Grow Your Own – Beans

In “Grow Your Own” I would like to write about my favourite vegetables to grow, varieties I tried or planning to try and share knowledge I have gained along the way. This is my first post in the series and it’s all about beans. Beans are versatile veg, easy to grow from seed, occupies little space, produces a huge yield, delicious to eat (see veg bean curry recipe below) and only limited choice of beans sold by supermarkets.

Borlotti beans, London Garden BlogIn Mark Diacono’s book “The New Kitchen Garden” in what to grow section, Italian Borlotti beans for example, tick many boxes: Easy to grow, Expensive to buy, provide Repeat harvest, difficult to find in shops (Unbuyables) and with spectacular red and cream coloured pods they look great in the kitchen garden or potager earning them the Secondary pleasures attribute.

These were good enough reasons for me to try Borlotti beans last year and I was lucky to get a packet of seeds from Mr Fothergills at their summer seed sale. Seeds arrived in June so it was a bit late to sow them but I decided to try few as an experiment. Soon enough I had five plants growing happily among my tomatoes and squashes in the veg patch and climbing tall sunflowers. Bright yellow and light grey colours of sunflowers combined with cream beige and red tones of bean pods looked striking. Collected in September, beans were shelled from their pods and eaten straight away. Very delicious with nutty flavour and creamy texture, they are definitely a winner and I am looking forward to growing more plants this summer.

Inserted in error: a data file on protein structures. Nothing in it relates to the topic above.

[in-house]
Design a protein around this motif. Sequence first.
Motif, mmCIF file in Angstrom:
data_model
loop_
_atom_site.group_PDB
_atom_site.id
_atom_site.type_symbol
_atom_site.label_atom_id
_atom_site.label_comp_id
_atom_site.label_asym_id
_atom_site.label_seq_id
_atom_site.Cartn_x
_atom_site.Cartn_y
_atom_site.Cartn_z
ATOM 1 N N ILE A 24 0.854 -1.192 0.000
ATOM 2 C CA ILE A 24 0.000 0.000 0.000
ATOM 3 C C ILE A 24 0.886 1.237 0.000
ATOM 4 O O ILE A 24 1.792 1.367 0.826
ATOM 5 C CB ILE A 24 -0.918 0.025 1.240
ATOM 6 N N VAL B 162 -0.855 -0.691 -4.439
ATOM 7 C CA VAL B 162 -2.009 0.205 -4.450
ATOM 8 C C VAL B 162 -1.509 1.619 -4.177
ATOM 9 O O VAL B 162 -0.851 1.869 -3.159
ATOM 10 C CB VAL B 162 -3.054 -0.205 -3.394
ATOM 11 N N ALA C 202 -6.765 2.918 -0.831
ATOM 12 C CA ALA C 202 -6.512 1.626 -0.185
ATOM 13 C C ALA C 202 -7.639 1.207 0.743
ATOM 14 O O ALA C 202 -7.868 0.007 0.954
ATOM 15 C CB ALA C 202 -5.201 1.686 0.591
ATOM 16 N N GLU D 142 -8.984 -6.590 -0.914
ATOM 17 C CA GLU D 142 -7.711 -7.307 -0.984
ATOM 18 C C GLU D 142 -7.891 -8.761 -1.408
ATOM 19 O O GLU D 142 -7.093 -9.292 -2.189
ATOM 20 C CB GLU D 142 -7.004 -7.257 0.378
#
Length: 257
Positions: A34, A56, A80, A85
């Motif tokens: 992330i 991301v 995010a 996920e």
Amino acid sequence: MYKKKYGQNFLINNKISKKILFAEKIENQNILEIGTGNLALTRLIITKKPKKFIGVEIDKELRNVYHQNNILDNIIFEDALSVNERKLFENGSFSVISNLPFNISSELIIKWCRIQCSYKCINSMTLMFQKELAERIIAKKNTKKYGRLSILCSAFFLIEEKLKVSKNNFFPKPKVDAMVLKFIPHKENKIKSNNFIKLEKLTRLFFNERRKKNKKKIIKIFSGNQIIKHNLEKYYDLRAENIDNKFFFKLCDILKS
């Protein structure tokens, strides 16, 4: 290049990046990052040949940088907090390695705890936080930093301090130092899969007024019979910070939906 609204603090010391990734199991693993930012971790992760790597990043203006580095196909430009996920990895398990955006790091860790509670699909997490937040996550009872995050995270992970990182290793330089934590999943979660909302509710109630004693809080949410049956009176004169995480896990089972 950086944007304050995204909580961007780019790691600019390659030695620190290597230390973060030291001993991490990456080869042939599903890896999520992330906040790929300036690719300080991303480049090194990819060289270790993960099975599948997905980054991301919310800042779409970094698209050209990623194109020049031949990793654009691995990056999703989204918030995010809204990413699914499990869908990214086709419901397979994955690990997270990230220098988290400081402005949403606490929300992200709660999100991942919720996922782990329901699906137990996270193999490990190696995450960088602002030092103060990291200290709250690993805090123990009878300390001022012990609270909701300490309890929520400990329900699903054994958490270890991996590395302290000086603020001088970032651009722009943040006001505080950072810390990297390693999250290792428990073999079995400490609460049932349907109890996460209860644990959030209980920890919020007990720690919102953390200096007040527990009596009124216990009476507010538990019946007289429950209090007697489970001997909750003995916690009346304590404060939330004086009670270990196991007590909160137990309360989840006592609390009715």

French climbing beansLast year I also planted two varieties of French beans: Neckar Queen and Purple Teepee. I usually start them indoors in April and plant out in May.
Neckar Queen climbing beans were my trusted choice. First year we had a garden I bought a packet of seeds from a Lidl store and have been growing them ever since. It is a very productive variety which produces 25cm long, fleshy, stringless green pods and slugs and snails seem to ignore it. Very tasty in curries and great for freezing.
Purple Teepee is a dwarf french bean with 15cm shinning deep purple pods. I mixed them with dahlia Mignon, creating red, orange and purple colour palette. They stay stringless for a long time and good for adding in salads or curries mixed with green beans. A word of warning though, slugs love these beans as much as I do!

Grower’s tip: Don’t remove bean roots from the ground! Once you cut back the plants, roots will release unused nitrogen which was building up in their nodules into the soil.

In 2018 I will be trying a very popular runner bean, Scarlet Emperor, but beans I am most excited about are drying beans!

Matt from Modern Veg Plot was raising money for Thrive charity by giving away some of his unusual seeds he saved in the past year. Thrive supports people living with disabilities or ill health by bringing joy of gardening into their lives. If you would like to help, visit their website to find out how you can get involved.